Smoking is fairly taboo these days, but I remember being able to smoke in the mall. This was the pre-foodcourt mall, before those oversized, low-to-the-ground soft play structures for toddlers to climb over without getting hurt cropped up next to Sears. Where’s the fun in that? The mall used to be a dangerous, badass place.
Older people tell me they remember being able to smoke at work and even school, but this makes me dizzy as if from second-hand smoke. I don’t smoke anymore, so I’m glad it was banished. This will sound hypocritical and dismissive to smokers and even a little bit to me.
In the early days of sobriety, I wished for the same ban on drunkenness. I wished that I wasn’t the only sober person in the room and wanted everyone else to see how much fun I was having, damnit. I thought this often and hard, with determined frown lines burrowed deep. I bristled when my husband said “I don’t even think about you not-drinking anymore. It’s a non-issue.” I thought about it all the time.
Yesterday I was thumbing through an issue of Food and Wine, which probably seems an odd thing for a sober person to read except that wine never was my bag. And I love food. I saw this line from a vegetarian cookbook author who visits Hungary every year for two weeks.
That everyone in this country is a carnivore is no deterrent to our mostly vegetarian lifestyle.
Yes. This is lately how I feel about not drinking while the rest of the world does. I feel set apart but enjoying all the fruits of sober life. I am thinking of others, but not worrying what they think of me not drinking. Probably because I learned how little they are thinking of that at all.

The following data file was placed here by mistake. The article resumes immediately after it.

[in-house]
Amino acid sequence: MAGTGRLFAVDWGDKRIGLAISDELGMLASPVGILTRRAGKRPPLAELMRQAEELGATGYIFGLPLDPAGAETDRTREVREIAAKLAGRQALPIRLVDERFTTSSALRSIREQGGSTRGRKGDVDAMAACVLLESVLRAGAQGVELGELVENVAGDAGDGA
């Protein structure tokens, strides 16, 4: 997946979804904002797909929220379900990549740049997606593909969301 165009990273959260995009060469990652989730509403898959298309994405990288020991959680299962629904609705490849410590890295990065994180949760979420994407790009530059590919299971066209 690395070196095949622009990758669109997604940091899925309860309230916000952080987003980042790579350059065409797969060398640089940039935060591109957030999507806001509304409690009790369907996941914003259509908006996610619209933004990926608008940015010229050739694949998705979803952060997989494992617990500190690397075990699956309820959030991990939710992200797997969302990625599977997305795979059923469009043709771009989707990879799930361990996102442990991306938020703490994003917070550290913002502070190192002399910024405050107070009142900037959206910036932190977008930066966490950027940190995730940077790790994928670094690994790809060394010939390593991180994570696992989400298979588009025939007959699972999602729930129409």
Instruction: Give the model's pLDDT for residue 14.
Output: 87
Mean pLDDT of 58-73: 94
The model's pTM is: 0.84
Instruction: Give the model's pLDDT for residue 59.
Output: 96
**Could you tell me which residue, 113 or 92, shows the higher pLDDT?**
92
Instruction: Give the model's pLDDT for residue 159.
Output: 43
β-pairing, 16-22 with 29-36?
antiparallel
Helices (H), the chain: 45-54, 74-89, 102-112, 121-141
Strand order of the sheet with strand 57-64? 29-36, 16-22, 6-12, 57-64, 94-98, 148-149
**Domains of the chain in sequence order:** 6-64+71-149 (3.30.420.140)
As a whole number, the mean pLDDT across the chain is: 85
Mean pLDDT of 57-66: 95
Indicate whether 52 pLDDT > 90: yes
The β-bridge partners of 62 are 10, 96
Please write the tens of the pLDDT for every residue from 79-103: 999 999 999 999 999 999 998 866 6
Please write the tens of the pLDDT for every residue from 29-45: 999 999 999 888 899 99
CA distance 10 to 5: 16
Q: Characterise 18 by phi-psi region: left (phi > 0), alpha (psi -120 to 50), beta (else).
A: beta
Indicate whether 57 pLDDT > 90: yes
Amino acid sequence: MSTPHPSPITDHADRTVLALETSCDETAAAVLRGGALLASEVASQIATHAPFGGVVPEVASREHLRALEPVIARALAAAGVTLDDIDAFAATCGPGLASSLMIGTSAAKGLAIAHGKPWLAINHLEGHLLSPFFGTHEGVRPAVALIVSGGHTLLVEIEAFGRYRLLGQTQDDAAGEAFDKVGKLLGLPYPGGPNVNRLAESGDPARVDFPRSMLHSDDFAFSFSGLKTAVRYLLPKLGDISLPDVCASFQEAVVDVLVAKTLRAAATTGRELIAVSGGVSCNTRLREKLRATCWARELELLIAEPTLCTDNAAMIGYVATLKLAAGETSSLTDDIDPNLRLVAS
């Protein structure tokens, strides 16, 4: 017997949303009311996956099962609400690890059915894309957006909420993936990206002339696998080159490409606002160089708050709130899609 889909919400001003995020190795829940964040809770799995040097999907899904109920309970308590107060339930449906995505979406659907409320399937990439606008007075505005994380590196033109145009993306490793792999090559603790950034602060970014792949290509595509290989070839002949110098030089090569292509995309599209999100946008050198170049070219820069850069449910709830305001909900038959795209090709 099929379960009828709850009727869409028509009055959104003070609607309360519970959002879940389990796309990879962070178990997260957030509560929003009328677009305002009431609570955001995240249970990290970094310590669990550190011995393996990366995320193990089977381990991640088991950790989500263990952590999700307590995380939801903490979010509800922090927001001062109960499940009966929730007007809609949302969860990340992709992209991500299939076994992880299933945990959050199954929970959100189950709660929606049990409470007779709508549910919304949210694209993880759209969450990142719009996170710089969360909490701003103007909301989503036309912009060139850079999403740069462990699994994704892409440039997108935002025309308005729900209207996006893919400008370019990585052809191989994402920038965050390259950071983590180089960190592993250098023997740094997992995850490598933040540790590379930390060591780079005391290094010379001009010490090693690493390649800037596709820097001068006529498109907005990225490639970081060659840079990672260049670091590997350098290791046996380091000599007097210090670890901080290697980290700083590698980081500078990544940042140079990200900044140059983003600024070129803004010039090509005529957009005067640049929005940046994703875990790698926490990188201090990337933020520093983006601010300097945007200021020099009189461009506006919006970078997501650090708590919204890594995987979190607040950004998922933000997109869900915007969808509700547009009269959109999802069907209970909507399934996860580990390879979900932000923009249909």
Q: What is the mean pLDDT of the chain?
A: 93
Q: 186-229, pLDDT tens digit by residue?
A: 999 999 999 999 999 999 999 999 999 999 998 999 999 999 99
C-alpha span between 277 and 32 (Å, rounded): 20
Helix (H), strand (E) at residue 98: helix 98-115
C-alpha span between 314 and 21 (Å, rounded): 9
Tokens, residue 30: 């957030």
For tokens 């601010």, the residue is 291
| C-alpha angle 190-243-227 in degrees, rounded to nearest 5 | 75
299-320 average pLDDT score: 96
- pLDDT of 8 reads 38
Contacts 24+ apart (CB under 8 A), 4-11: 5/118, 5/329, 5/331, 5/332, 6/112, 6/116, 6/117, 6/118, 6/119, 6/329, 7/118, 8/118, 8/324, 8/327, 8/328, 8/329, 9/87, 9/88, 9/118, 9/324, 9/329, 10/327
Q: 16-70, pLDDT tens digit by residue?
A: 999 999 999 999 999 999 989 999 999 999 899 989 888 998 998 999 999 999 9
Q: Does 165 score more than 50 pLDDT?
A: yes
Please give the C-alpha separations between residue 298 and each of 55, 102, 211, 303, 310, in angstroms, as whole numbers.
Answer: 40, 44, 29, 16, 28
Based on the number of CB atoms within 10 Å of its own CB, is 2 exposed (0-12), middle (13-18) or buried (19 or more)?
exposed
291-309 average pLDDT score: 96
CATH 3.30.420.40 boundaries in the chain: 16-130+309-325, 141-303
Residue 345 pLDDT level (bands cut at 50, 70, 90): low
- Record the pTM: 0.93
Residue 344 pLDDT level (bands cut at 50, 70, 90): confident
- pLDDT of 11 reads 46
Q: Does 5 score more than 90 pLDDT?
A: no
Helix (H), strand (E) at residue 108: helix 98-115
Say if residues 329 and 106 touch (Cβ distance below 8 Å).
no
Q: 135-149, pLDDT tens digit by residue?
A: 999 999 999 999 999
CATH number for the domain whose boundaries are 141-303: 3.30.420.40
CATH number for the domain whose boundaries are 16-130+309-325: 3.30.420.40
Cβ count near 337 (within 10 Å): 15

Vegetarians sacrifice ease and convenience for a larger goal. They deal with the same dense but well-meaning dinner party hosts. (“I know you don’t eat meat so I hope it’s okay that I cooked everything in chicken broth.”) Often they do it for health reasons and they don’t expect everyone to jump on their bandwagon, though maybe they feel a bit lonely riding for long stretches all alone.
I’m not comparing alcoholism to vegetarianism. Both are hard to spell, but obviously an alcoholic on a binge is more dangerous than a relapsed vegetarian. I’ll end the comparison there, it just struck me that sometimes it’s really hard to do the right thing when it’s not the right thing for everyone else.
We should not be deterred by popular opinion on alcohol but instead find the things we love about sobriety and make new, delicious things out of them.